As for caramel gelato, the process wouldn’t be as simple as mixing in caramel sauce into the gelato. I’ll soon be sharing my own recipe for salted caramel gelato and it involves caramelizing the sugar, then mixing in the heavy cream and milk, and finally the yolks. Caramel gelato works best with a classic gelato base (as opposed to the Sicilian one.) That said, I don’t think you could go wrong by mixing in 2 cups of premade caramel sauce into your gelato base, but I think the caramel flavor would be less intense. However, I’m thinking mixing 1 cup caramel sauce into the base, then swirling the 2nd cup into the gelato after churning would be really nice! You’d get a soft caramel flavor in the gelato, with swirls of real caramel throughout. Just a thought!

      I hope these tips are helpful. Happy churning!

  3. Hi, do you think I could substitute potato starch for the corn starch? Would it make a huge difference?

    • Hi Rachel! I’ve never tried using potato starch but I’ve been doing some reading and it does look like you could substitute it for cornstarch. It has no flavor and is gluten-free, just as cornstarch is. The one warning is that potato starch tends to thicken liquids more quickly than cornstarch, so you likely won’t need to simmer the custard as long (before you mix in the final egg yolk) if you use potato starch. I read that an extended cooking time for potato starch can actually break it down and cancel the thickening effect. If you ever do try using potato starch, I’d love to hear about your experience! I’ll try it myself. That might be a great tip to add to my recipe! Thanks for reaching out!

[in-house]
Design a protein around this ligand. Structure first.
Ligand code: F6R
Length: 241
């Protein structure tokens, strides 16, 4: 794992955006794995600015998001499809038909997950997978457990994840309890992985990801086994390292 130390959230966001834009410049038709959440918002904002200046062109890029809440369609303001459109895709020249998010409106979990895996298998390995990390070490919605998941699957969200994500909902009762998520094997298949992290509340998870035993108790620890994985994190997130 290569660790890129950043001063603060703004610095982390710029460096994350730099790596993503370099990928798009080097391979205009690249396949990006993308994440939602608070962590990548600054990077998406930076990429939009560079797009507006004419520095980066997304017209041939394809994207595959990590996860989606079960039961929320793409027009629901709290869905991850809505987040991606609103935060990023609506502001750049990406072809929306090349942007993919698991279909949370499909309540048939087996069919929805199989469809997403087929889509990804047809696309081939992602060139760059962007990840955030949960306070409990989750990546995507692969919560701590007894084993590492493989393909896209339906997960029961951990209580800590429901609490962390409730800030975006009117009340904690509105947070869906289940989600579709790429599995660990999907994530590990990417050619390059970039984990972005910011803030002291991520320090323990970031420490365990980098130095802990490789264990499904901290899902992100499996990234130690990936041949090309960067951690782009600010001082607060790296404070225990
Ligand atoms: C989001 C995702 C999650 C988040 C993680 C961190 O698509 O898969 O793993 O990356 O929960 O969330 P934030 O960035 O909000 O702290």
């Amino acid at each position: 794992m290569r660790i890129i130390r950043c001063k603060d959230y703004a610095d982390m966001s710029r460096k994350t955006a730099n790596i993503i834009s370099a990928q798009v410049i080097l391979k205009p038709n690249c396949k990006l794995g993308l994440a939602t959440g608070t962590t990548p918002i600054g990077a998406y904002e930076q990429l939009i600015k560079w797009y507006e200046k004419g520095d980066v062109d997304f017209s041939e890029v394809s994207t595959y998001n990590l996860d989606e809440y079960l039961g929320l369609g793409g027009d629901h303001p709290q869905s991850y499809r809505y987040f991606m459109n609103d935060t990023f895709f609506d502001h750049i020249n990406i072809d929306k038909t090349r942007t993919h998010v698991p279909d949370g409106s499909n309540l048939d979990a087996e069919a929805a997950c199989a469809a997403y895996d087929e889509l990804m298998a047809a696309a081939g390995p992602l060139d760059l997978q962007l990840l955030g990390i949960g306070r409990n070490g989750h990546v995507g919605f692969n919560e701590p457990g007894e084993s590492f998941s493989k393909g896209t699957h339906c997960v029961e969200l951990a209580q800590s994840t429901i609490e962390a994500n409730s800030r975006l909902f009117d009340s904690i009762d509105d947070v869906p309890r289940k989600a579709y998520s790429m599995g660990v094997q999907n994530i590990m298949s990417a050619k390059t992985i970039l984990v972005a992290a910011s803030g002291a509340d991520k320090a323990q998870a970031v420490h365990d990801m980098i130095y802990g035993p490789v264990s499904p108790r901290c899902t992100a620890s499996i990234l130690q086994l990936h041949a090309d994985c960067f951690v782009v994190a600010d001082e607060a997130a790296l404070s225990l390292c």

4. Hi everyone!!
    I really want to make Gelato, but I am confused about corn starch. Which brand do you suggest?
    Regards!! :)

  5. Made your Sicilian style raspberry rose gelato last week (substituting frozen strawberries instead) and it came out delicious! However….the recipe barely makes one quart, not two quarts as it says in the yield. Disappointed as we wanted more!

    • Hello Lisa! Yes, my gelato recipes require the use of an ice cream maker. There are lots of no-churn ice cream/gelato recipes out there, but they almost always use condensed milk as a work-around to achieve a creamy texture without churning. In my opinion, the use of condensed milk steers you away from the true nature of gelato (I’m a gelato nerd like that!). There are reliable and affordable models: the one I’ve been using for years is a basic Cuisinart model that cost me about $70. If you loved iced treats, it could be worth investing in one!

  6. Made this yesterday, and again today.
    I’m placing the custard in bowl of cold water to speed the cooling process.